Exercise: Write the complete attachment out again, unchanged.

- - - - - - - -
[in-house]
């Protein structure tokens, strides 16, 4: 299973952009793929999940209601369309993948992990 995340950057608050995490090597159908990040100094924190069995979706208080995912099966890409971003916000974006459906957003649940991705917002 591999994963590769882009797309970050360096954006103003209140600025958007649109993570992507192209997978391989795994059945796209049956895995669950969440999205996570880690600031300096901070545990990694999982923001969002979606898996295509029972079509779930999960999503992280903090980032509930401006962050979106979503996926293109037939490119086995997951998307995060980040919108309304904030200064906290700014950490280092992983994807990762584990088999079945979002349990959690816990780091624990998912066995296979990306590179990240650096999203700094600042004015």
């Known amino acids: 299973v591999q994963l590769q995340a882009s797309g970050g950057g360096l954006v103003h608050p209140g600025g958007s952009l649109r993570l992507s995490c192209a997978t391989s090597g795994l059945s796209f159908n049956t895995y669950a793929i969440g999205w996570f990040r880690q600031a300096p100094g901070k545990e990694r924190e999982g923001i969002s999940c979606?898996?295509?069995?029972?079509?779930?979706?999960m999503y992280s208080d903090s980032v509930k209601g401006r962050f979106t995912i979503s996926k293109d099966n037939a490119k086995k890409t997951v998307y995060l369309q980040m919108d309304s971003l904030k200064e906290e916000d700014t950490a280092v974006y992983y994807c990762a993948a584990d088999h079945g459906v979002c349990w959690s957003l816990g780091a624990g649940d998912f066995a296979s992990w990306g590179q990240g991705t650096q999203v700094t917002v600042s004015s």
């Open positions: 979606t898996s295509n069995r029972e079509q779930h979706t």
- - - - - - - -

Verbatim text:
[in-house]
């Protein structure tokens, strides 16, 4: 299973952009793929999940209601369309993948992990 995340950057608050995490090597159908990040100094924190069995979706208080995912099966890409971003916000974006459906957003649940991705917002 591999994963590769882009797309970050360096954006103003209140600025958007649109993570992507192209997978391989795994059945796209049956895995669950969440999205996570880690600031300096901070545990990694999982923001969002979606898996295509029972079509779930999960999503992280903090980032509930401006962050979106979503996926293109037939490119086995997951998307995060980040919108309304904030200064906290700014950490280092992983994807990762584990088999079945979002349990959690816990780091624990998912066995296979990306590179990240650096999203700094600042004015």
């Known amino acids: 299973v591999q994963l590769q995340a882009s797309g970050g950057g360096l954006v103003h608050p209140g600025g958007s952009l649109r993570l992507s995490c192209a997978t391989s090597g795994l059945s796209f159908n049956t895995y669950a793929i969440g999205w996570f990040r880690q600031a300096p100094g901070k545990e990694r924190e999982g923001i969002s999940c979606?898996?295509?069995?029972?079509?779930?979706?999960m999503y992280s208080d903090s980032v509930k209601g401006r962050f979106t995912i979503s996926k293109d099966n037939a490119k086995k890409t997951v998307y995060l369309q980040m919108d309304s971003l904030k200064e906290e916000d700014t950490a280092v974006y992983y994807c990762a993948a584990d088999h079945g459906v979002c349990w959690s957003l816990g780091a624990g649940d998912f066995a296979s992990w990306g590179q990240g991705t650096q999203v700094t917002v600042s004015s």
């Open positions: 979606t898996s295509n069995r029972e079509q779930h979706t």